A vivid commentary on Jewish survival and Jewish speech communities that will be enjoyed by the general reader, and is essential reading for students and researchers interested in the study of Middle Eastern languages, Jewish studies, and sociolinguistics.
Mediated Discourse sets out a discursive theory of human action. Language and action are intimately related. The difficult question to answer is how they are related. Mediated Discourse Theory looks into social relationships to see how the use of language is both a form of action in itself and is also indirectly related to all other forms of human action. Through the empirical study of a one-year-old child learning to exchange objects with caregivers, Scollon challenges the claim that all practices are represented in discourse and that all discourse has the function of structuring practice.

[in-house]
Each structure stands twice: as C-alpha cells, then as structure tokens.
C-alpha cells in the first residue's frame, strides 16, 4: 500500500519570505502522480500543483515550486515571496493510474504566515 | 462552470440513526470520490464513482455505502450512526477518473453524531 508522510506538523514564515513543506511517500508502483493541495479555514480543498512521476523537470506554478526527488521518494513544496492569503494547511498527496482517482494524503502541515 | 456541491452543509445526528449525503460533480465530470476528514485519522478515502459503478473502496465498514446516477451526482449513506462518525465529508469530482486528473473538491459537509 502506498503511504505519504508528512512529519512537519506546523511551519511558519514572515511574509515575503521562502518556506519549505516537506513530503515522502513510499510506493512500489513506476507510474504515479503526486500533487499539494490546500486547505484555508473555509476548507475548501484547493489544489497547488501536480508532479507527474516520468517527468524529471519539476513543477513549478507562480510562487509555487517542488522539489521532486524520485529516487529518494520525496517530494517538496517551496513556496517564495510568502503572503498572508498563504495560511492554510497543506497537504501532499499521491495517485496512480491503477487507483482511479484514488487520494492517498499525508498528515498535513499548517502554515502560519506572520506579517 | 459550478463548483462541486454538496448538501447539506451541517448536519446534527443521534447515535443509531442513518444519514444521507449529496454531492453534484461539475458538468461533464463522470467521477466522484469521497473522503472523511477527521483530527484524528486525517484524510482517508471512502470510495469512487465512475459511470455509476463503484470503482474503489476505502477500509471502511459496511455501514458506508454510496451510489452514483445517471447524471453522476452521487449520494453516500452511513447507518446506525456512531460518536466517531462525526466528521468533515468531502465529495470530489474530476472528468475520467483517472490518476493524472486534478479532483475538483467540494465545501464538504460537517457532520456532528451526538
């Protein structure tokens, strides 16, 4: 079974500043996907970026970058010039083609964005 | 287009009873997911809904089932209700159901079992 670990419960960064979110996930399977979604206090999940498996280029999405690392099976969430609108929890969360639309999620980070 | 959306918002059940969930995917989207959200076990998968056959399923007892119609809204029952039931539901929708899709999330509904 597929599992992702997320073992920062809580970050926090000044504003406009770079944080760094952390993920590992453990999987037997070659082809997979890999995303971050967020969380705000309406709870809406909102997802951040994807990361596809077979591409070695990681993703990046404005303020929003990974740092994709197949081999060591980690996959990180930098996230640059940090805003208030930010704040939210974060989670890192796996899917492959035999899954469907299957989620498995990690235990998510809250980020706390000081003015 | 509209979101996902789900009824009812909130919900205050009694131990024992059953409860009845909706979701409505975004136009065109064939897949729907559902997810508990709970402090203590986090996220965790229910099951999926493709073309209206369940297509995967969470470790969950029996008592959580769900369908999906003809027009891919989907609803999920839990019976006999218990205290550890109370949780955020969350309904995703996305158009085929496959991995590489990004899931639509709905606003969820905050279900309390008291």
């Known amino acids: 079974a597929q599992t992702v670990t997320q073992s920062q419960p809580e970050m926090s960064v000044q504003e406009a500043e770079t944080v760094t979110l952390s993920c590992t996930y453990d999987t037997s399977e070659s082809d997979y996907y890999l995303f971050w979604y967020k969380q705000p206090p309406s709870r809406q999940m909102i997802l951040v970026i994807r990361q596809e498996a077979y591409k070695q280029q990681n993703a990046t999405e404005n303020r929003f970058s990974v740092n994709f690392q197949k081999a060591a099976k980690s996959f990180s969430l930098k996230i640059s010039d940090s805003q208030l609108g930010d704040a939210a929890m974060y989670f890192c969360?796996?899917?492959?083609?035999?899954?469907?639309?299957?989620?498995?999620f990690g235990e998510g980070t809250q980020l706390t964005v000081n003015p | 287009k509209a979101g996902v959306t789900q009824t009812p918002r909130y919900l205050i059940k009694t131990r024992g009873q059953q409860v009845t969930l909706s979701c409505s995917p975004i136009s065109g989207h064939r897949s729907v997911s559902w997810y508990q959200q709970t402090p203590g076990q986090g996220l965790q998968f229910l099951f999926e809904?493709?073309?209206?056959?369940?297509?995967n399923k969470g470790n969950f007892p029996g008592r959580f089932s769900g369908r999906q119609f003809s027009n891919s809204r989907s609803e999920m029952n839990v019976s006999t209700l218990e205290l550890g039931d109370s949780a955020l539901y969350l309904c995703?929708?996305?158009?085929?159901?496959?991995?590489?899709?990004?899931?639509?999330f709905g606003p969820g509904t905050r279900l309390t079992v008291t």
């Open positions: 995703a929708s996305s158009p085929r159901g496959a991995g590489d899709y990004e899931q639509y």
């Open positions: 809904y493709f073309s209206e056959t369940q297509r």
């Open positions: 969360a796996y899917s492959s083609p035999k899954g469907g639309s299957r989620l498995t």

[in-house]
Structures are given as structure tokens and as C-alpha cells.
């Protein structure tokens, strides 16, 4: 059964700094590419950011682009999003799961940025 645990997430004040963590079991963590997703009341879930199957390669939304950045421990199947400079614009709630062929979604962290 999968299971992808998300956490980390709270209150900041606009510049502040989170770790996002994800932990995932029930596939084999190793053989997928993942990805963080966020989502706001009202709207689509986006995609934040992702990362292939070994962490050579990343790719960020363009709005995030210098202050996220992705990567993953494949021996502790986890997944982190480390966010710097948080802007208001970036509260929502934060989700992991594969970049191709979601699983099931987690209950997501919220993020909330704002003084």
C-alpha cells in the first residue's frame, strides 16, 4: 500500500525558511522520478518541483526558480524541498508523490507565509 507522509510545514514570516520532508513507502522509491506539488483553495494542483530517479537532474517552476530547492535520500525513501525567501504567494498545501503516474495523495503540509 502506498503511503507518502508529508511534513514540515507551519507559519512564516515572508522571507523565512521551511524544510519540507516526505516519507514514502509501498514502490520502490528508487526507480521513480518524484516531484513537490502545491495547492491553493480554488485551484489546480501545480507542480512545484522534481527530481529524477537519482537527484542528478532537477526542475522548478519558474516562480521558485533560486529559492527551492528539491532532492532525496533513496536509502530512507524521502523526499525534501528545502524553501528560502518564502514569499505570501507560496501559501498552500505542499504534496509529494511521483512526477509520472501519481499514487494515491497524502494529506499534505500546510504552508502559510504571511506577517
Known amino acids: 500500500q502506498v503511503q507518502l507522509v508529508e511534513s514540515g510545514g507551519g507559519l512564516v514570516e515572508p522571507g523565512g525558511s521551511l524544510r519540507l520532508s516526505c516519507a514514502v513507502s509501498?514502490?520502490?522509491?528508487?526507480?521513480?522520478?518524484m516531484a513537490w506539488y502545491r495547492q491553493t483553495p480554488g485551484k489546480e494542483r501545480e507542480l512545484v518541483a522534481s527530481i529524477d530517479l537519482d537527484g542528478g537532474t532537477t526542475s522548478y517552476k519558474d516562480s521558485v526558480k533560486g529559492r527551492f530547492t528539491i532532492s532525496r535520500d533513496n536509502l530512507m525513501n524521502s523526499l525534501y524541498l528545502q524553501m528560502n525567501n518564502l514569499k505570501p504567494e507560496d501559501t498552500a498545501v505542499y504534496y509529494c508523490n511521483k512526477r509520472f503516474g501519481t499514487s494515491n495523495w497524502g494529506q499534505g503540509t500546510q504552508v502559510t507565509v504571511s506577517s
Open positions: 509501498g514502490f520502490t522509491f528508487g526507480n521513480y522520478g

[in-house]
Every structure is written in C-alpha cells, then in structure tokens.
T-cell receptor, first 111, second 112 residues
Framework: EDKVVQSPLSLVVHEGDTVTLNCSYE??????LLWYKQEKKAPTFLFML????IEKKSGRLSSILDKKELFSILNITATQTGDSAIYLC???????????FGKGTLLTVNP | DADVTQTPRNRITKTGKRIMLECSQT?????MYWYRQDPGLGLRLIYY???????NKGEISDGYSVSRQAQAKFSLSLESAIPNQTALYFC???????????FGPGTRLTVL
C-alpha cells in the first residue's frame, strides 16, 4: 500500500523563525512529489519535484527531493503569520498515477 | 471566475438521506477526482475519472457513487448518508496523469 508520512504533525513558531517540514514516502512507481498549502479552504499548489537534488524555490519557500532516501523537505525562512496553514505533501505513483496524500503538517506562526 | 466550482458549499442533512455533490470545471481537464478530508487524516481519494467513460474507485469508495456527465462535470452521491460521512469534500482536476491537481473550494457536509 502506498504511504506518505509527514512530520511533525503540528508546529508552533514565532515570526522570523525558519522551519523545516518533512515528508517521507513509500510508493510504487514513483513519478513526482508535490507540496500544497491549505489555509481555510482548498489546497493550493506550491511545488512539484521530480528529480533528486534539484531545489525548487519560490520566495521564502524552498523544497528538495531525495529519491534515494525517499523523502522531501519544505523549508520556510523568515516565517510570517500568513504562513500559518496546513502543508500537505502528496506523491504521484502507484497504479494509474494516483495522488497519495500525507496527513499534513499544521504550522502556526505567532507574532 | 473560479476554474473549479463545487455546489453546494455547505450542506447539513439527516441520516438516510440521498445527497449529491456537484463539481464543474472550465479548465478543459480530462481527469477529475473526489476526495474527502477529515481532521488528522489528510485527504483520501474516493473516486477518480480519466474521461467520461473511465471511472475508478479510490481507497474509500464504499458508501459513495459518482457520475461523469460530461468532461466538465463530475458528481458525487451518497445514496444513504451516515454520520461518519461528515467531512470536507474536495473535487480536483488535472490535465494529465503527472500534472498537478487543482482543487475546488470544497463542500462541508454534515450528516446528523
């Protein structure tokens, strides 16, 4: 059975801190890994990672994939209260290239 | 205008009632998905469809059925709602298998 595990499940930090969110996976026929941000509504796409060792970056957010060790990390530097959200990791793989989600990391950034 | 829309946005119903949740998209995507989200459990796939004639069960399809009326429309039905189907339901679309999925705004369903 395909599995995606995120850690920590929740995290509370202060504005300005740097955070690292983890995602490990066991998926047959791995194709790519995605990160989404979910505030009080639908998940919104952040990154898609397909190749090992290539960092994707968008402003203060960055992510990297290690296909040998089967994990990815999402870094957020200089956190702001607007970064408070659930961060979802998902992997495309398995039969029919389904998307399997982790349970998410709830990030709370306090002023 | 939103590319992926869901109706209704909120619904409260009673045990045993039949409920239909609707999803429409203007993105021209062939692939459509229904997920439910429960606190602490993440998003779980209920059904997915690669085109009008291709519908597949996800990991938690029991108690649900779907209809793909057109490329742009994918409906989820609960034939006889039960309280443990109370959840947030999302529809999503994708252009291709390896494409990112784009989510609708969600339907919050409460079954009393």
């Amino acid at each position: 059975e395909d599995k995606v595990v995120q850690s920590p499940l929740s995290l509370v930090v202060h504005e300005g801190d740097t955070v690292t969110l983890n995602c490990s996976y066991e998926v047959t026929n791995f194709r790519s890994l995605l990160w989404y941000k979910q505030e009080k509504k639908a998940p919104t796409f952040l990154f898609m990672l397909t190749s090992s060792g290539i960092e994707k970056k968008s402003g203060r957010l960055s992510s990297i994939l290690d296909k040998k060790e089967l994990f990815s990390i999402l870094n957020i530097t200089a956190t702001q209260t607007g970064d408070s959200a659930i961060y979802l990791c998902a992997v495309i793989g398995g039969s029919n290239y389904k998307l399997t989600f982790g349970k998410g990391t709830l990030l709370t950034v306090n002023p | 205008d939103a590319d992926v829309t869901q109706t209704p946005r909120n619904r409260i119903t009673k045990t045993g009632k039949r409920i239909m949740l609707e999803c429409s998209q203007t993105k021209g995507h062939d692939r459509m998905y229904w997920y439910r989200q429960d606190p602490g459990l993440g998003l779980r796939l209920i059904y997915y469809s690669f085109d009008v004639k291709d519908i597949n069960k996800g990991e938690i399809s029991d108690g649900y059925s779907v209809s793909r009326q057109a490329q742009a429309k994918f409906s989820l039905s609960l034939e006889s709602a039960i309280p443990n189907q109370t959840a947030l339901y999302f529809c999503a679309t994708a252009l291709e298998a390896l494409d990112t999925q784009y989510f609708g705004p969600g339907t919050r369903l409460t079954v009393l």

1. Mediated Discourse: A Discursive Theory of Human Action
2. On the Ontogenesis of a Social Practice
3. On the Ontogenesis of a Social Actor: From Object to
Agency in Baby Talk
4. Objects as Mediational Means: The Crayon Appropriates a
5. The Nexus of Practice
6. Mediated Discourse as a Nexus of Practice